A failed attempt on FraochaidhFraochaidh is a hill that I have seen from the surrounding summits, and wondered how to get to it. You see, it lies between Glen Duror and Glen Creran, but from the west it is virtually inaccessible thanks to the dense forestry plantations. The same is true for a north or south approach, further hampered by the steep slopes. This, therefore, only leaves the approach along the long ridge from the east - a route which from what I saw is very do-able, just long.
Setting offThe start, obviously enough, was in Ballachulish and I set off up the glen on the Glen Duror path above the River Laroch. I have often wondered why this glen is called Gleann an Fhiodh rather than Glen Laroch, but not found the answer yet! If you read my account of climbing Sgorr a'Choise on my way to Meall Lighiche, you will know that past attempts on this route have seen me leave the main path and cross the river too early. I have finally worked out why!
The problem is that the OS map is wrong. It shows a long diagonal ascent of the contours, splitting from the main path near a cairn. In point of fact, the path climbs perpendicular to the contours up to the forest gate on the ridge. Mind you, this time I reckon I was closer than ever, and I have now got the start point fixed in my head so I will never go wrong again!
A word on the weather now! In line with other parts of the British Isles, the west highlands have had a great deal of rain in recent days, but as you saw from Yesterday, that had changed. I had checked the forecast the night before, and found clear skies depicted, so set my alarm early (ish) and left the house just gone 9am. There was some cloud in the sky, but it was bitterly cold and the sun was shining behind the hills. As I climbed up the glen, I witnessed the sun rise over Meall Lighichie, and then 'set' behind Sgorr a'Choise!
The RidgeAfter climbing up to the forest gate - on the path in the latter stages - I found a rough path forking off to climb the ridge. It wasn't the clearest route, nor was it the driest after all of the recent rain, but as I climbed higher the squelch turned to crunch with a thick frost on these high slopes. The going was, therefore, surprisingly easy. I had gained the ridge at just under 400m, and before long I had reached the fenceline nearly 200m higher up. By now, the wind was bitingly cold, the kind of wind that can find its way through five layers and penetrate your very soul. To make matters worse, the cloud was starting to roll down the back of Beinn a Bheithir across the glen, and another bank of cloud had hidden the weak winter sun.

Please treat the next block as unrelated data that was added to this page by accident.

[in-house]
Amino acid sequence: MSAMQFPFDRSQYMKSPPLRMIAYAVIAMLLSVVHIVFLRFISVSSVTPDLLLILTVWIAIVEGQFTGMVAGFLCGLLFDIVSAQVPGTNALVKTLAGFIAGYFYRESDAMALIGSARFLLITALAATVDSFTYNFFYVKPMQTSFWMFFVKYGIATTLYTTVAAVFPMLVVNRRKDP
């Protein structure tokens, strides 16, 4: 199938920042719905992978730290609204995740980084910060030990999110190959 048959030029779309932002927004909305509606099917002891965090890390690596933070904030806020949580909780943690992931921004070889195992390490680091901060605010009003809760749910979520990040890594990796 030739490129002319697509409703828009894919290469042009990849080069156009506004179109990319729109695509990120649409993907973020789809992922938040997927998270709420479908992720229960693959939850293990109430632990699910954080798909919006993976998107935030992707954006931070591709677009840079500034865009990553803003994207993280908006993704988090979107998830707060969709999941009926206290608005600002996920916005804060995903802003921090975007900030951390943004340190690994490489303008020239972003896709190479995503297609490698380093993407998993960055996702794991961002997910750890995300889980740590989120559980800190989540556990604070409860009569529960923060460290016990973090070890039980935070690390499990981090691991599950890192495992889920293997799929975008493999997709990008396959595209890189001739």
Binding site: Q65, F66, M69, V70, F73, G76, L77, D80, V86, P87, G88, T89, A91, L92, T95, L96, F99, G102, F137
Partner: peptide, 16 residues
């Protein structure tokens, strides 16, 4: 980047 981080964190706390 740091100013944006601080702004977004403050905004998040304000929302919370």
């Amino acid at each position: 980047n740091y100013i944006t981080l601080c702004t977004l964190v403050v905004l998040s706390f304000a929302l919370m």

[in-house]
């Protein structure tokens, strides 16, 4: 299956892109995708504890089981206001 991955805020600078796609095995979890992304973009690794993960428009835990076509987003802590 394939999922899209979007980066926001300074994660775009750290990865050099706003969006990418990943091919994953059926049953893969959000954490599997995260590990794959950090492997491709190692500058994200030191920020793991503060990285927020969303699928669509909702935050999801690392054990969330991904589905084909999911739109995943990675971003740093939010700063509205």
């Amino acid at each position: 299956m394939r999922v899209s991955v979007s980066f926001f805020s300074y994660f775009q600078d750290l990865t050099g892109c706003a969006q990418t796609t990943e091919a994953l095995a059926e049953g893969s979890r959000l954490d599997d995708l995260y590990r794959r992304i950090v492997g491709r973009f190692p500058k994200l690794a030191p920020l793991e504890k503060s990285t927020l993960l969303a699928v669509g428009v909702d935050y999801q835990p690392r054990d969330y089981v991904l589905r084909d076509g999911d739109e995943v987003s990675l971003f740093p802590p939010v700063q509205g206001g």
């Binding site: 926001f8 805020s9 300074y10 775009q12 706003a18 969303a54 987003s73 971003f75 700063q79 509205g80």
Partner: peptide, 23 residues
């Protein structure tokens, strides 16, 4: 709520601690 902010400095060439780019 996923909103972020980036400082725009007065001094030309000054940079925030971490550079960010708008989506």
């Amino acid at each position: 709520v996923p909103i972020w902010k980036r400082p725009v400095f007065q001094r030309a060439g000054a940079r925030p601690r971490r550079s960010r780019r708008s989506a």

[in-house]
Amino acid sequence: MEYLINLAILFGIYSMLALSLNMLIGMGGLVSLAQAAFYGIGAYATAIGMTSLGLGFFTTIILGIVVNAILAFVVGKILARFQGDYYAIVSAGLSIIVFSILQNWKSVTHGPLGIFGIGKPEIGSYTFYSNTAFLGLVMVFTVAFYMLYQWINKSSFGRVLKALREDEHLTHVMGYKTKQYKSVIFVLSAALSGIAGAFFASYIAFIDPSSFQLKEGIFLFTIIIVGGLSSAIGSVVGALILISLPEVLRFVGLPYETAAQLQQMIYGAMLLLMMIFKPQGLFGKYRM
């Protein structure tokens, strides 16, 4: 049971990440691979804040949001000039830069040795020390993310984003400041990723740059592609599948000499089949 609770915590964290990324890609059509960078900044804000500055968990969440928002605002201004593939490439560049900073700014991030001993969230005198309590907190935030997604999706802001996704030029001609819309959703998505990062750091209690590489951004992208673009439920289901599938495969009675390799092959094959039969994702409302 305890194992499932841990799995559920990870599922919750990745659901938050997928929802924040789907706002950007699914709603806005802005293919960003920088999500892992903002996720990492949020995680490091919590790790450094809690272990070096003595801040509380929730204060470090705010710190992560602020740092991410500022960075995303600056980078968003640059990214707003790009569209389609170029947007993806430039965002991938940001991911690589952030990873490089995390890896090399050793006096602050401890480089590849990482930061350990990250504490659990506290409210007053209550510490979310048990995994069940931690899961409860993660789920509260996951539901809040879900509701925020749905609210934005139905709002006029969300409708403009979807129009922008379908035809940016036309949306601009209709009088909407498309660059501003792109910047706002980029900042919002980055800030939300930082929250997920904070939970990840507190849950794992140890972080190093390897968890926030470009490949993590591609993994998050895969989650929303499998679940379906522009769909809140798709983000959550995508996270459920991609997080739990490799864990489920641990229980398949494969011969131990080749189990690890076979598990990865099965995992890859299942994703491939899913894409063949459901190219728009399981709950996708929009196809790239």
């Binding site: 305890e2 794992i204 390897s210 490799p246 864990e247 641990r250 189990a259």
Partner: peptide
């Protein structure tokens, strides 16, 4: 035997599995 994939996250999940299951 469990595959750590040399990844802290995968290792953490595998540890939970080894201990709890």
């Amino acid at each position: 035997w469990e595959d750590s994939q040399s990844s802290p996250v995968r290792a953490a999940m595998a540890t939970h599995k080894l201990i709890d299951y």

The fenceline is in actual fact a shiny new fence, so I crossed it at a rather dodgy stile thing (dodgy in that whilst brand new it wasn't really fit for purpose) and climbed back up towards the ridge. As I neared it, a face suddenly appeared above me. No less than six feet away was a mighty Stag, with enormous antlers. I have to admit to being very very scared for a split second, but then it had gone, turned and fled. I think it must have been more scared than me! A few moments later, as I stood on the ridge and looked round, I saw a pair of stags bounding across the hillside heading back the way I had come.
I fought on, with the freezing wind constantly on my back, and some icy rain starting to drizzle down too. The view ahead, however, drove me on, a stunning sight looking out of the mouth of Glen Duror, across Loch Linnhe to the hills of Morvern beyond. It was worth getting this far at least, and I was sure that the view from the final summit would be even better.